A commanding batting effort by Australia as they won the opening ODI against Pakistan yesterday has increased the pressure on David Warner and Steve Smith to shine in the IPL to secure their World Cup spots.
Warner and Smith will return to high-level action in the IPL today and tomorrow respectively in the wake of Australia winning their fourth ODI on the trot thanks to Aaron Finch (116) and Shaun Marsh (91*).
Given his status as captain, Finch has now all but secured his World Cup spot by averaging 46 across Australia’s six ODIs in India and the UAE this month. Marsh, meanwhile, was a shock omission from the final ODI in India but yesterday proved his class once more to take his ODI tally to 760 runs at 58 over the past year.
With Usman Khawaja (521 runs at 58) and Peter Handscomb (417 runs at 52) also in hot ODI form in 2019, there is suddenly a logjam of contenders to bat in Australia’s top order. Because Australia like to have two batting all-rounders to share ten overs, and with Alex Carey seemingly bedded in as wicketkeeper, that leaves six batsmen likely competing for just four spots in the World Cup line-up.
Finch’s position still looked shaky until he constructed a calm and impressive ton yesterday. While it’s still far too early to declare that the 32-year-old is back in form, it was notable that Finch’s timing and balance were the best they have been in six months.
So often across his white-ball career, when Finch is searching for touch, he starts to try to murder the ball. By becoming overly forceful in his stroke play he loses his shape.
From the start of his innings yesterday there were good signs Finch was trusting himself to play touch strokes instead of just belligerent ones. He executed a couple of delicate leg glances to straight deliveries which were targeting his stumps, presumably because of the manner in which he has struggled so badly against this line of late.
Australia’s chase of 281 on a sluggish Sharjah deck initially looked as if it could be tricky. Then Finch and Khawaja gave Australia a dashing start, putting on 63 in 11.1 overs before the skipper and Marsh constructed a 172-run stand that all but sewed up the match.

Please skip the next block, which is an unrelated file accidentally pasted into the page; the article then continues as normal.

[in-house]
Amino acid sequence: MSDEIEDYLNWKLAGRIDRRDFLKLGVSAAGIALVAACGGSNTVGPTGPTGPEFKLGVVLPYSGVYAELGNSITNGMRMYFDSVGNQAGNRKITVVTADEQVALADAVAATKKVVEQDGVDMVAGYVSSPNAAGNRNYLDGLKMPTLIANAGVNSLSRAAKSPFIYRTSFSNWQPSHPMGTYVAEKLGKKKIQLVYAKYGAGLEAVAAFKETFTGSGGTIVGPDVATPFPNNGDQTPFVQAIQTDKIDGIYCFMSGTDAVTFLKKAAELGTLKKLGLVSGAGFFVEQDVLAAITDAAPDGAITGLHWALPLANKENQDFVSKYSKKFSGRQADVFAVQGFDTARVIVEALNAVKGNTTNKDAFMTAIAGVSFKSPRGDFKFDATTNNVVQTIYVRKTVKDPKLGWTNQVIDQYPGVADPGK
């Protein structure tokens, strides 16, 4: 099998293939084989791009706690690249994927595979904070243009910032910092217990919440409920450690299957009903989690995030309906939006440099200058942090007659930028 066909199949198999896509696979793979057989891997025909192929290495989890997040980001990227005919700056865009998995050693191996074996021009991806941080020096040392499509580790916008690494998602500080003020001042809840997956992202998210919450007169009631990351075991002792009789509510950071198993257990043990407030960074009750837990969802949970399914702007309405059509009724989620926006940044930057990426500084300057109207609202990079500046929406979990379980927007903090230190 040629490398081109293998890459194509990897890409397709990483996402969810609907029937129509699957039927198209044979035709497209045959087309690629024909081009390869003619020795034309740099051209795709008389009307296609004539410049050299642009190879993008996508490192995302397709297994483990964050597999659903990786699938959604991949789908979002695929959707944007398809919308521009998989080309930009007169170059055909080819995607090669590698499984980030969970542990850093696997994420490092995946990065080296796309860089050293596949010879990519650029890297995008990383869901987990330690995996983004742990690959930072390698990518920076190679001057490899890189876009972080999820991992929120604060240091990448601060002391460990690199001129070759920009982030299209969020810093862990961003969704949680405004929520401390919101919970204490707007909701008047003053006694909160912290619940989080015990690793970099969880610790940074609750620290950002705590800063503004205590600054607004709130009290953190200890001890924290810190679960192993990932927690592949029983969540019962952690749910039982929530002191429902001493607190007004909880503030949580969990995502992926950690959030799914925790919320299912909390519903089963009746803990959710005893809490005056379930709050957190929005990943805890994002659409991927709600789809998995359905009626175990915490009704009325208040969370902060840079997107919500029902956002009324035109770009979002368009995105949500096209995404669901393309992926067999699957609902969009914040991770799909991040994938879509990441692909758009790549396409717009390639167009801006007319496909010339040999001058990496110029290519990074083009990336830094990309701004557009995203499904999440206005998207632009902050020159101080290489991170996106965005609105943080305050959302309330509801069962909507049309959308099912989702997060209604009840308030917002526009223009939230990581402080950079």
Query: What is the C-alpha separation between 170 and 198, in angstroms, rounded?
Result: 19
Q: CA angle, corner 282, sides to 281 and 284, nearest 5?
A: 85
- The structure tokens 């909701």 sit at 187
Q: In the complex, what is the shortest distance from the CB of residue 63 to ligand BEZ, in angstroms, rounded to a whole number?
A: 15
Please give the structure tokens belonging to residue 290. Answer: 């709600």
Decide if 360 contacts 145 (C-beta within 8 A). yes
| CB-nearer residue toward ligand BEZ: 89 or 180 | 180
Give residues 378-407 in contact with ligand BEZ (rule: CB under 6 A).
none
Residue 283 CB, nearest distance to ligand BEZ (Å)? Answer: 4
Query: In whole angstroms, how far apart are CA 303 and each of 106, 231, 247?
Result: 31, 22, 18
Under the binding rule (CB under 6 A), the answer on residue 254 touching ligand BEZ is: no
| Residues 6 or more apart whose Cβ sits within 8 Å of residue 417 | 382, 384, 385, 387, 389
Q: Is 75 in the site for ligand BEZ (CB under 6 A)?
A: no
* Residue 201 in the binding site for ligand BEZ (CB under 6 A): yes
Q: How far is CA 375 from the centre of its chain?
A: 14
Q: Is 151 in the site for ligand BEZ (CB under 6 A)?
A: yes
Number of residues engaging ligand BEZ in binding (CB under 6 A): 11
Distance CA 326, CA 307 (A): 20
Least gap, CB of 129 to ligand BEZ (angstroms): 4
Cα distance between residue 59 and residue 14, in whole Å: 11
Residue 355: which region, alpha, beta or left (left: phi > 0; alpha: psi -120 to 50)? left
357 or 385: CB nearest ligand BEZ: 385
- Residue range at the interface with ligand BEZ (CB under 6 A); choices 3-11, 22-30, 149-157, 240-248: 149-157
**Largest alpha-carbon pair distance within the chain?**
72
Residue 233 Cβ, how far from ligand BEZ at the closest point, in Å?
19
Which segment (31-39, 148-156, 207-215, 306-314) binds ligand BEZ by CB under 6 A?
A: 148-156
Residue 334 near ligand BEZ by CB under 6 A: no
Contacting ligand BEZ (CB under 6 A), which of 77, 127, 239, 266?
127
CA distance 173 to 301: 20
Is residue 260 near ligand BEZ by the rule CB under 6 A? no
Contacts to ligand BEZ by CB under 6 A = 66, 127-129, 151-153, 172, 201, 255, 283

Khawaja again looked in superb nick, as did Handscomb, who took pressure off Marsh at the end of the innings by scurrying to 30* from 27 balls. Once more Handscomb managed to score at a swift rate without relying on boundaries, which accounted for just eight of his runs.
The Victorian’s versatility is hugely appealing. He has looked at ease anywhere from three to five in the order and has variously been either calm in a crisis, busy milking ones and twos when his batting partner is dominating, or capable of being the dominator when necessary.
Earlier Australia’s spinners did a good job on a pitch that offered limited turn and bounce. Off spinner Nathan Lyon in particular was outstanding after being handed the major challenge of bowling in the power play.
Lyon came on after just six overs and in his second over grabbed the massive wicket of Imam ul-Haq, the prolific opener who has scored five tons in his first 22 ODIs. His opening spell of 1-21 from six overs put the brakes on the Pakistani innings. All-rounder Glenn Maxwell also bowled tidily before taking some tap later in the innings and is beginning to build some handy form with the ball heading towards the World Cup.
Coming off a fantastic tour of India, leg spinner Adam Zampa (0-45 from ten overs) again bowled well and was unlucky to go wicketless. Quicks Jhye Richardson (1-64 from eight overs) and Nathan Coulter-Nile (2-61 from ten overs) were both patchy, but Pakistan still ended with a below-par total.
Australia will face Pakistan in the second ODI tomorrow at the same time as Warner makes his IPL comeback for the Sunrisers Hyderabad.